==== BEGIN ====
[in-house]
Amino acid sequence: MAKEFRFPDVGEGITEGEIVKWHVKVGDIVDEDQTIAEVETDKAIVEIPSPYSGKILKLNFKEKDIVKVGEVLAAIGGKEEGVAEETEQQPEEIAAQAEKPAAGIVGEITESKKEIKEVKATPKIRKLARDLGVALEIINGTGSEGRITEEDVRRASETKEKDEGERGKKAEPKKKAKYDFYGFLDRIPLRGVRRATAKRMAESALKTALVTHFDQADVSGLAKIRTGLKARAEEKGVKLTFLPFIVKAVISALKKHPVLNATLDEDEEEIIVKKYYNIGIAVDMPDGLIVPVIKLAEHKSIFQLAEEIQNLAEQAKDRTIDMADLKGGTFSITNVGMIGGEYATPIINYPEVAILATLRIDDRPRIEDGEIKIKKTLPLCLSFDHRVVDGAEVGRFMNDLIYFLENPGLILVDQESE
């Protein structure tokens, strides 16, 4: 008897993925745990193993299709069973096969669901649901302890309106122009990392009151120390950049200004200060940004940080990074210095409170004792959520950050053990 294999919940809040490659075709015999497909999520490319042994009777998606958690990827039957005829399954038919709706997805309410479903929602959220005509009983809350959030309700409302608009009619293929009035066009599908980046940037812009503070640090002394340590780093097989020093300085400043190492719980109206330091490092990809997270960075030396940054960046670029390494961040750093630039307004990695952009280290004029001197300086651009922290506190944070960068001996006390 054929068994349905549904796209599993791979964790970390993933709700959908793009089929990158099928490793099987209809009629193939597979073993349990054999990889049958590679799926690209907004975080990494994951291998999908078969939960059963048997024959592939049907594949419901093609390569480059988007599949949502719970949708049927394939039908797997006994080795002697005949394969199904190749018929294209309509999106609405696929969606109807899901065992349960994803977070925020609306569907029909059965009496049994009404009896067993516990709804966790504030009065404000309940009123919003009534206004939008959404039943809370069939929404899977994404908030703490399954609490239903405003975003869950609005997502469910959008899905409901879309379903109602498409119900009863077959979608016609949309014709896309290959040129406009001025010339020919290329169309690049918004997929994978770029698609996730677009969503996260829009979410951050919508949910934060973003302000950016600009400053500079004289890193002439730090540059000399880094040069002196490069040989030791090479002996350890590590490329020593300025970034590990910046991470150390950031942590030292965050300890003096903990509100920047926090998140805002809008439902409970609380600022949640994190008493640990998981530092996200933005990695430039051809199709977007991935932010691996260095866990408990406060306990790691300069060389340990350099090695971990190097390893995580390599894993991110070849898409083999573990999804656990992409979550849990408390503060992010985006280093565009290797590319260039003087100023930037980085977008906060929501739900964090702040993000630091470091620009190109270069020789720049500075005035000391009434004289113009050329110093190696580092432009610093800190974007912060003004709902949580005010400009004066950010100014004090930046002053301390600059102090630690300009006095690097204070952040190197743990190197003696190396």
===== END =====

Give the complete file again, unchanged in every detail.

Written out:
[in-house]
Amino acid sequence: MAKEFRFPDVGEGITEGEIVKWHVKVGDIVDEDQTIAEVETDKAIVEIPSPYSGKILKLNFKEKDIVKVGEVLAAIGGKEEGVAEETEQQPEEIAAQAEKPAAGIVGEITESKKEIKEVKATPKIRKLARDLGVALEIINGTGSEGRITEEDVRRASETKEKDEGERGKKAEPKKKAKYDFYGFLDRIPLRGVRRATAKRMAESALKTALVTHFDQADVSGLAKIRTGLKARAEEKGVKLTFLPFIVKAVISALKKHPVLNATLDEDEEEIIVKKYYNIGIAVDMPDGLIVPVIKLAEHKSIFQLAEEIQNLAEQAKDRTIDMADLKGGTFSITNVGMIGGEYATPIINYPEVAILATLRIDDRPRIEDGEIKIKKTLPLCLSFDHRVVDGAEVGRFMNDLIYFLENPGLILVDQESE
């Protein structure tokens, strides 16, 4: 008897993925745990193993299709069973096969669901649901302890309106122009990392009151120390950049200004200060940004940080990074210095409170004792959520950050053990 294999919940809040490659075709015999497909999520490319042994009777998606958690990827039957005829399954038919709706997805309410479903929602959220005509009983809350959030309700409302608009009619293929009035066009599908980046940037812009503070640090002394340590780093097989020093300085400043190492719980109206330091490092990809997270960075030396940054960046670029390494961040750093630039307004990695952009280290004029001197300086651009922290506190944070960068001996006390 054929068994349905549904796209599993791979964790970390993933709700959908793009089929990158099928490793099987209809009629193939597979073993349990054999990889049958590679799926690209907004975080990494994951291998999908078969939960059963048997024959592939049907594949419901093609390569480059988007599949949502719970949708049927394939039908797997006994080795002697005949394969199904190749018929294209309509999106609405696929969606109807899901065992349960994803977070925020609306569907029909059965009496049994009404009896067993516990709804966790504030009065404000309940009123919003009534206004939008959404039943809370069939929404899977994404908030703490399954609490239903405003975003869950609005997502469910959008899905409901879309379903109602498409119900009863077959979608016609949309014709896309290959040129406009001025010339020919290329169309690049918004997929994978770029698609996730677009969503996260829009979410951050919508949910934060973003302000950016600009400053500079004289890193002439730090540059000399880094040069002196490069040989030791090479002996350890590590490329020593300025970034590990910046991470150390950031942590030292965050300890003096903990509100920047926090998140805002809008439902409970609380600022949640994190008493640990998981530092996200933005990695430039051809199709977007991935932010691996260095866990408990406060306990790691300069060389340990350099090695971990190097390893995580390599894993991110070849898409083999573990999804656990992409979550849990408390503060992010985006280093565009290797590319260039003087100023930037980085977008906060929501739900964090702040993000630091470091620009190109270069020789720049500075005035000391009434004289113009050329110093190696580092432009610093800190974007912060003004709902949580005010400009004066950010100014004090930046002053301390600059102090630690300009006095690097204070952040190197743990190197003696190396």